Memorial of St. Edmund Campion, Martyr
Today’s first reading recounts the famous prophecy of that time of peace when the swords will be turned into plowshares. This vision has a very Ignatian sentiment to it if we imagine the raw metal that existed prior to it being turned into a weapon. Metal was a rare commodity and many pieces of metal, even those of artistic value, were recycled and remade into weapons. The choice of what to do with this important resource, in this case the resource of metal, was based on a value. Ignatius, in his first principle and foundation from the Spiritual Exercises, reminds us that we should look at the resources we have in light of how they can best help us move towards what we should value most: God.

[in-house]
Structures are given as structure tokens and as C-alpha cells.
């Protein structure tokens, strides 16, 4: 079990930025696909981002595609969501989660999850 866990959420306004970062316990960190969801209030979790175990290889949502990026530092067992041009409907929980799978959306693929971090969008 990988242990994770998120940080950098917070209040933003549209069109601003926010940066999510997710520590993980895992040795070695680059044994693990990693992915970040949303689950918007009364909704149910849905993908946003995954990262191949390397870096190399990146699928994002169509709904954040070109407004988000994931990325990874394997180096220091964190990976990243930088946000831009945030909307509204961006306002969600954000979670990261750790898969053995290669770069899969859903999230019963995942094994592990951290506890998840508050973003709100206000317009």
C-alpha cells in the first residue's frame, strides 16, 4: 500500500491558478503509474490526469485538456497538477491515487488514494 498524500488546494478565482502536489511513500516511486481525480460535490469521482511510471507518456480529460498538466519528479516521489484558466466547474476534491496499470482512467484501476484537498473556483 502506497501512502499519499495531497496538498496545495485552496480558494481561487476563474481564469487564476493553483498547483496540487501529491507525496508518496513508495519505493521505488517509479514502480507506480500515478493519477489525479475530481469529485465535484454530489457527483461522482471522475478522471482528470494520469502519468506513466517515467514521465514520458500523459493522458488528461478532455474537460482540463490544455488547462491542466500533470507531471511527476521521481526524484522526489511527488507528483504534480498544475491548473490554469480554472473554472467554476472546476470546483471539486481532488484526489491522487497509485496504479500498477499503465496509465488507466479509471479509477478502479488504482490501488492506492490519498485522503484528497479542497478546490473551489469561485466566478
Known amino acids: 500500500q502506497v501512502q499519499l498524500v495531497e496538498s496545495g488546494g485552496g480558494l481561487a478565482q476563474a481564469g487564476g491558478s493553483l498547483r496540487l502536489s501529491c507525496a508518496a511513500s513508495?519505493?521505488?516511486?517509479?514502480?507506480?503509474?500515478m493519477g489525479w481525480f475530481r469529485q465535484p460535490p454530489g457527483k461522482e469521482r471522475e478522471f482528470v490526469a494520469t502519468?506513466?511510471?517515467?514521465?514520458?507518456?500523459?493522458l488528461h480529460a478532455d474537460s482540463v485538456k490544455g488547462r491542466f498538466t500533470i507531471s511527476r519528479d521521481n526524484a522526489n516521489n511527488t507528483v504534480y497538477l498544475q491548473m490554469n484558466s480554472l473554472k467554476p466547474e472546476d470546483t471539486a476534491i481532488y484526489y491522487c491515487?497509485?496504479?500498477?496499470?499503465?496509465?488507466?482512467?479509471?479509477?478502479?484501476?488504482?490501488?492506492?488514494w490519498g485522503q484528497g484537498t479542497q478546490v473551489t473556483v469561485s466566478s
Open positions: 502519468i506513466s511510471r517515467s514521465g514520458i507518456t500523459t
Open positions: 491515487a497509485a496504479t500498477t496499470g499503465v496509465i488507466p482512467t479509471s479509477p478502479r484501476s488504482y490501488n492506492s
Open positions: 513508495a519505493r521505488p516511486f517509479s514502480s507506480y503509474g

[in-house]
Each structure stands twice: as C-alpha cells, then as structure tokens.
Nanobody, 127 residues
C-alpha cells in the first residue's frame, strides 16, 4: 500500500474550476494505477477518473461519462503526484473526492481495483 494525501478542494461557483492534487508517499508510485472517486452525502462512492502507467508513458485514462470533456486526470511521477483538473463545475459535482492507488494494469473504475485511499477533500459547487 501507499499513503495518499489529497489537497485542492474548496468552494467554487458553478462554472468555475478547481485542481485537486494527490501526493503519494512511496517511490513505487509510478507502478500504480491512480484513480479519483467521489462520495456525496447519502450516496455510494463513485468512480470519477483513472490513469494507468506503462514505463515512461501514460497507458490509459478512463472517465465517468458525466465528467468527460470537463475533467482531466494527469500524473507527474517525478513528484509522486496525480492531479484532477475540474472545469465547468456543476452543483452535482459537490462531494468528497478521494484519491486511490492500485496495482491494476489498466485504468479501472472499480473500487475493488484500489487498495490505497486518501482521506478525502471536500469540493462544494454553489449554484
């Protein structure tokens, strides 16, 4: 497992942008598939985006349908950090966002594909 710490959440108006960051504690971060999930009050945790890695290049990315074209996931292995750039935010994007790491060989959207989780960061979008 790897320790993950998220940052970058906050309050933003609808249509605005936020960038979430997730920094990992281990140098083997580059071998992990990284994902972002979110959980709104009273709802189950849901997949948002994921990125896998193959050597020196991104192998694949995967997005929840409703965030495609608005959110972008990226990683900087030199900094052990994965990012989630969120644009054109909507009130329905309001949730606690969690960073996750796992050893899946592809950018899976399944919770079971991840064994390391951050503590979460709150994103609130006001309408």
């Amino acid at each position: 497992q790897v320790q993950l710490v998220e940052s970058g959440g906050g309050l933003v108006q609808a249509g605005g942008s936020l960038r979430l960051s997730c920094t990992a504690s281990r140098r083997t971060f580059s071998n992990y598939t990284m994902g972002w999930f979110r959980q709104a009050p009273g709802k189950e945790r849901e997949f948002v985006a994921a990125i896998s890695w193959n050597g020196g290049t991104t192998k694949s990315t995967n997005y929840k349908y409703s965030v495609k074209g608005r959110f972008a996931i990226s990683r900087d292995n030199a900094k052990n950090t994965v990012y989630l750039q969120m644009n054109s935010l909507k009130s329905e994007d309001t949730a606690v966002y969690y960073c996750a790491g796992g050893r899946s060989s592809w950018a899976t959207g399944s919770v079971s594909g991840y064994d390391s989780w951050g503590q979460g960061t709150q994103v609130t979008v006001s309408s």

Today’s feast celebrates a man who had tremendous intellectual resources. If he had chosen, Edmund Campion could have climbed the ecclesiastical ladder of the Church of England quicker and better than most. Instead, he turned is intellect towards something that in the end cost him his life but earned himself the reputation of a man who stood for what he believed even if it cost him his life.
We may not be called to martyrdom, but we are called to make decisions and sometimes sacrifices that mean realigning our resources towards what will help ourselves and others move towards God.